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Fast Food For Thinking - Self-development
Fast Food For Thinking - Self-development

Video: Fast Food For Thinking - Self-development

Video: Fast Food For Thinking - Self-development
Video: How to Master Your Thinking Patterns and Habits for Self Development (Wisdom Lecture) 2023, March

“Thinks in stereotypes” - it seems that this is what they say about a person with a limited set of concepts about what is good and bad and how a “real kid” should look like. And this set is a ready-to-use product that does not need to be thought about, that is not criticized. Why do we need such food for the mind and is it not harmful to our mental health?


By filtering reality through stereotypes, we perform mental and emotional work - we confirm our knowledge about a certain object and at the same time give it our assessment.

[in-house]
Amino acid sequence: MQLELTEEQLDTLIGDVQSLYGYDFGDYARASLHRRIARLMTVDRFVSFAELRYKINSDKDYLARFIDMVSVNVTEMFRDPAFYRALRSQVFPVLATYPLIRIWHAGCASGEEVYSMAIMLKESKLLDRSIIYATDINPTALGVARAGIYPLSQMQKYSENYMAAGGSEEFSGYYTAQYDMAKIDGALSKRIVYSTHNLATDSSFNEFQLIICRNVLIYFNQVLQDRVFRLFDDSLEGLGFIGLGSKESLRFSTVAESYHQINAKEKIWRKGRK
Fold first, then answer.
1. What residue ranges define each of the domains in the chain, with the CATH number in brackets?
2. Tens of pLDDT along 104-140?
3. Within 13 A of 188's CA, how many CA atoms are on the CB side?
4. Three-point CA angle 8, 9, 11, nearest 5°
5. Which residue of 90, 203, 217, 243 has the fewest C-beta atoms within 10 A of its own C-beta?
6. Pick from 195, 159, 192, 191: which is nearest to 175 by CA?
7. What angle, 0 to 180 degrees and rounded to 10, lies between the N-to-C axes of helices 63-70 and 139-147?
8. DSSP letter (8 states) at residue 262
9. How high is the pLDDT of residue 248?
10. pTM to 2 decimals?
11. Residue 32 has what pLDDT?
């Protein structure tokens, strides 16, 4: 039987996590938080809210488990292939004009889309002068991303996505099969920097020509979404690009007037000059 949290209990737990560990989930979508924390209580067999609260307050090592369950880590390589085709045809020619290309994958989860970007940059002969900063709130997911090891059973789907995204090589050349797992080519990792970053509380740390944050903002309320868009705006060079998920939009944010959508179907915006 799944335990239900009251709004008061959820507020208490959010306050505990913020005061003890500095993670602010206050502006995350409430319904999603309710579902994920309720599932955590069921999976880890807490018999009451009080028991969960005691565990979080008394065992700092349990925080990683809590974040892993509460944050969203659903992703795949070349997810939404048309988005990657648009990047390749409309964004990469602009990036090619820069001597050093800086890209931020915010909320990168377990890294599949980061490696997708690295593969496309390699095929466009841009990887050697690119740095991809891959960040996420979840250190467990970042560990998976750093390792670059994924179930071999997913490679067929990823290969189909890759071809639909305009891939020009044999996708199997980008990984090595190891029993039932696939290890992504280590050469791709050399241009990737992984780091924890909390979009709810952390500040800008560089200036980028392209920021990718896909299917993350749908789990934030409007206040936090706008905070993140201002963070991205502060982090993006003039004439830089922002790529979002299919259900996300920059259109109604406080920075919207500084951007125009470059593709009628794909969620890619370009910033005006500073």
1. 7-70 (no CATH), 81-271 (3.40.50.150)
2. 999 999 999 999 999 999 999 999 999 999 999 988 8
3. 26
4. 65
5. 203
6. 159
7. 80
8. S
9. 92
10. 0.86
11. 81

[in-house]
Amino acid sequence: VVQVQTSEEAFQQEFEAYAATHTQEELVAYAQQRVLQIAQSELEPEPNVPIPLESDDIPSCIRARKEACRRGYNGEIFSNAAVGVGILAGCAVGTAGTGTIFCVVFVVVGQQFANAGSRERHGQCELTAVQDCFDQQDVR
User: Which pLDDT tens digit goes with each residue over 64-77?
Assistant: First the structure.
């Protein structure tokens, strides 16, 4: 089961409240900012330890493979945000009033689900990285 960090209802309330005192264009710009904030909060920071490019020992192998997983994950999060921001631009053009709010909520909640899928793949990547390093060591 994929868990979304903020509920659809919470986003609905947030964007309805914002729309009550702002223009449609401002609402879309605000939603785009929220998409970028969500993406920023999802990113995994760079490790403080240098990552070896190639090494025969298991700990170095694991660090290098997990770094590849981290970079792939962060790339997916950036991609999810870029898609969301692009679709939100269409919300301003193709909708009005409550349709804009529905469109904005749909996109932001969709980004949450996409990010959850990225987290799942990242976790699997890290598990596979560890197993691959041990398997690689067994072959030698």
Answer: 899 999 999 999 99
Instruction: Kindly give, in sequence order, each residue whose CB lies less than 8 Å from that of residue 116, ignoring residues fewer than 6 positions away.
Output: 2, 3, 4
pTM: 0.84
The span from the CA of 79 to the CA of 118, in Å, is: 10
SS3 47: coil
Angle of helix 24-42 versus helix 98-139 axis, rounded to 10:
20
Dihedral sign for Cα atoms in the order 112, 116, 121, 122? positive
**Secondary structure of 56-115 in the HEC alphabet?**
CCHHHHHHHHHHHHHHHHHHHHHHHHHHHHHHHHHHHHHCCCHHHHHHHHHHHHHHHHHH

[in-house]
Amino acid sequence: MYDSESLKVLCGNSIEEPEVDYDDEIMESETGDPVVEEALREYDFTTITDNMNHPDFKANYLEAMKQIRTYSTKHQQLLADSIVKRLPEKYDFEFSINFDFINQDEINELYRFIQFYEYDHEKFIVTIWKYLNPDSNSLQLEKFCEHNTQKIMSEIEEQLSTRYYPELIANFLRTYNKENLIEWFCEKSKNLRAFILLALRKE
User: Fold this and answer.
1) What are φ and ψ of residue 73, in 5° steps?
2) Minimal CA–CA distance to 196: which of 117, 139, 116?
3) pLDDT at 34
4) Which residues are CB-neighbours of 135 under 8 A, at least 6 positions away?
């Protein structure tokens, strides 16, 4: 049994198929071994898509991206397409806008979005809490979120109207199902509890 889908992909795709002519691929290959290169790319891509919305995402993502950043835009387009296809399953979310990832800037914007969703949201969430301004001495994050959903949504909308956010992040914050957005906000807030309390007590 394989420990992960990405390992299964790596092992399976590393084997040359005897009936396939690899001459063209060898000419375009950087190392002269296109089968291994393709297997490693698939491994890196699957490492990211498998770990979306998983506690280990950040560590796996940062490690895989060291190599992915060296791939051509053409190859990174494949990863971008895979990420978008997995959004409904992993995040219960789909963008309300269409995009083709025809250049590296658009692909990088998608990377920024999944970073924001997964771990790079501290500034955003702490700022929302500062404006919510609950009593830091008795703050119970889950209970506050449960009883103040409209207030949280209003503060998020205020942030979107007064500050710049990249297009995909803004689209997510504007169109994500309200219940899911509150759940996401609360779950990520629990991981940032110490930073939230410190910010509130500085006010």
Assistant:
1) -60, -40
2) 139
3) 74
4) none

One of the earliest researchers of stereotypes, Walter Lippmann, described four properties of these phenomena:

1. stereotypes are always simpler than reality - they describe the most complex phenomena in two or three phrases (for example, the concept of "male polygamy, developed in the process of evolution for the widest possible distribution of genes" is reduced to "all men walk to the left");

2. stereotypes get into our heads from the outside (in childhood - from adults, then - from the media and from the immediate environment), and are not developed on the basis of our own life experience; absorbing cultural stereotypes, we accept them as immutable truths, without subjecting them to criticism and comprehension;

3. all stereotypes are false, since a specific person is assigned traits that he must possess due to his belonging to a group (“speaking of love, Hindus switch to the language of music and dance”, “Americans eat only hamburgers”, “Old Believers wear beards up to the waist ");

4. stereotypes are more convincing than the reality unfolding before our eyes: when we meet a serious and business-like Indian, we shake our heads and decide that he was the only Indian in the world who does not dance or sing.